Tobacco Treaty Calls for Ad Controls
GENEVA (AP) -- The World Health Organization on Tuesday published the proposed text of a treaty on tobacco control which would phase out tobacco sponsorship deals and advertising in newspapers, magazines and on the Internet.
The draft treaty was drawn up by Brazilian Ambassador Celso Amorim following a week of negotiations in October. The proposal is to be taken up by WHO member governments at a second negotiating session, starting April 30.
If it is accepted, governments would commit themselves to ``prohibiting all forms of direct and indirect tobacco advertising, promotion and sponsorship targeted at persons under the age of 18'' and to severely curbing other advertising.
Governments also would phase out sporting sponsorship and cross-border advertising such as in newspapers, on cable or satellite television and on the Internet.
The proposed treaty stops short of an outright ban on advertising, even though 25 countries supported the idea during the negotiations.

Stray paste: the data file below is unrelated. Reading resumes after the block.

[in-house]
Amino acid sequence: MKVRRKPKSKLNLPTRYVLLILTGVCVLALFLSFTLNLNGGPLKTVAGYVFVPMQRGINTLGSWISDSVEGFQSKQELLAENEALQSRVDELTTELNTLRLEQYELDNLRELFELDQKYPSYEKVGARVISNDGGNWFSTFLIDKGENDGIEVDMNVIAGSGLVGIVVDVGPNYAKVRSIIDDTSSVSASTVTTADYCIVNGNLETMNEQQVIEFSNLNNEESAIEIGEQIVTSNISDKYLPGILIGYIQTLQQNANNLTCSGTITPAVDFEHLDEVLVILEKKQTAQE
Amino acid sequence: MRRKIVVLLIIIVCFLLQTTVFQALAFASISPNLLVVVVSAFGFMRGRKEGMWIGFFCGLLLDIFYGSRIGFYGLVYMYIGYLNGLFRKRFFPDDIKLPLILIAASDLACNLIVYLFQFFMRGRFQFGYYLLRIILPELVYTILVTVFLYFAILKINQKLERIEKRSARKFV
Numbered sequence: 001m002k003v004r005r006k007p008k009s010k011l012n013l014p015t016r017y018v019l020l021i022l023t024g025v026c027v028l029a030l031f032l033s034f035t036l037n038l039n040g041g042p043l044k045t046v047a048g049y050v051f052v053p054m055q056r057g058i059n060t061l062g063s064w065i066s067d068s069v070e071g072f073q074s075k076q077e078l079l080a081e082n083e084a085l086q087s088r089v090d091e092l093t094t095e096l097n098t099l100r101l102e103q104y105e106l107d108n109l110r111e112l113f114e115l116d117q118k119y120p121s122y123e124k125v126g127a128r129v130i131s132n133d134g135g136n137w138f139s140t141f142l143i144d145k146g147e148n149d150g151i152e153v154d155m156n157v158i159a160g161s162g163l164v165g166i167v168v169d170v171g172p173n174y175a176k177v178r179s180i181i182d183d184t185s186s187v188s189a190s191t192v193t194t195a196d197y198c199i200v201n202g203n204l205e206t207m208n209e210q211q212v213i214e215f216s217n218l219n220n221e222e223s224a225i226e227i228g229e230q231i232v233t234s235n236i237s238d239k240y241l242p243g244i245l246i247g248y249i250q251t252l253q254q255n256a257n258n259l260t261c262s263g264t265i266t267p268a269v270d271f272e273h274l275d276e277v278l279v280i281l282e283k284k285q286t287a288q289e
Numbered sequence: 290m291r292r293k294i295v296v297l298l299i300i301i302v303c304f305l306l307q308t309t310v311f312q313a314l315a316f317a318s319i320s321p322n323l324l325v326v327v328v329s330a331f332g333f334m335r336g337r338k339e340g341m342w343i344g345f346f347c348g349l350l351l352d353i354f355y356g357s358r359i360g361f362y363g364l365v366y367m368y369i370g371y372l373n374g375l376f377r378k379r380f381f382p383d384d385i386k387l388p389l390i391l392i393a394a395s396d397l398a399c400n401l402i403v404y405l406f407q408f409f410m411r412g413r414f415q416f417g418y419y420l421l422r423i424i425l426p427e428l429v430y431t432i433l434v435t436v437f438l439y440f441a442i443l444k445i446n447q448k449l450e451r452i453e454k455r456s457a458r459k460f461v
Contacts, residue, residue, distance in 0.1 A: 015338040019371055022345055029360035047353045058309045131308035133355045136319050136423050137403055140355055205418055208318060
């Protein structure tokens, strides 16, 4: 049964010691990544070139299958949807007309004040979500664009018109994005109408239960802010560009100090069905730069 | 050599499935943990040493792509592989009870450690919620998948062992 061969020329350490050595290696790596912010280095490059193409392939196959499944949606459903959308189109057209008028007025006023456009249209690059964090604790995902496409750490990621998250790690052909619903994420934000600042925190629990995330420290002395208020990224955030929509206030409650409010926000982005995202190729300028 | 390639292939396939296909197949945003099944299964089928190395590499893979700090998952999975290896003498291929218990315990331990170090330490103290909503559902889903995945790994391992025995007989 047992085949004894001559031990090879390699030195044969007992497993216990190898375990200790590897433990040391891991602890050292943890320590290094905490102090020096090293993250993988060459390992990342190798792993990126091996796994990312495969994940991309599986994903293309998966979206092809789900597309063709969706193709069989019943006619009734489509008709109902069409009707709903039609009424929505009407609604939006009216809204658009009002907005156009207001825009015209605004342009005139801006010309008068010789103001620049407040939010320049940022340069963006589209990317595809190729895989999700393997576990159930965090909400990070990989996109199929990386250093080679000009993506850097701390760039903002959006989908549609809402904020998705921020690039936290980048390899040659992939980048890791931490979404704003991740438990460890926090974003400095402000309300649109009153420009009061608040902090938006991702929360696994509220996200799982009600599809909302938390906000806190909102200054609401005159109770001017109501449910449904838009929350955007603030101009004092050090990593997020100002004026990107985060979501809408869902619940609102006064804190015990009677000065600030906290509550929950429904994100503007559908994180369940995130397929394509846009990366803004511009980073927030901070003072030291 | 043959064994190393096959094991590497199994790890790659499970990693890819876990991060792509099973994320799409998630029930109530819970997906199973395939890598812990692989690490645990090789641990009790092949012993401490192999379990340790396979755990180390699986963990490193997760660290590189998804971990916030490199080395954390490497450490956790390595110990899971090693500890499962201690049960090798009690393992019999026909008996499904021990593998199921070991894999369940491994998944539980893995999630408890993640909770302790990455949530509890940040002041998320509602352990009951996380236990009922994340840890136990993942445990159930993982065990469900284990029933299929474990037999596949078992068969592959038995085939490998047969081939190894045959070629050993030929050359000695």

``The draft provisions ... represent a compromise that I have made after reviewing the proposals and recommendations made during the first session of the negotiating body,'' Amorim wrote in a note.
The treaty is meant to take force by 2003, but would only be binding on countries which sign and ratify it.
Under the draft treaty, signatories would also commit themselves to banning tax-free and duty-free sales of tobacco products and imposing taxes high enough to ensure that tobacco consumption would undergo a ``stable and continuous reduction.''
The anti-smoking drive is one of WHO's top priorities as cigarettes kill more than 4 million people per year. The toll is forecast to soar because of an explosion in disease in places like China, where 70 percent of men smoke.
WHO began work on the Framework Convention on Tobacco Control in 1999 in a bid to stave off predictions that smoking-related deaths would hit 10 million per year by 2030.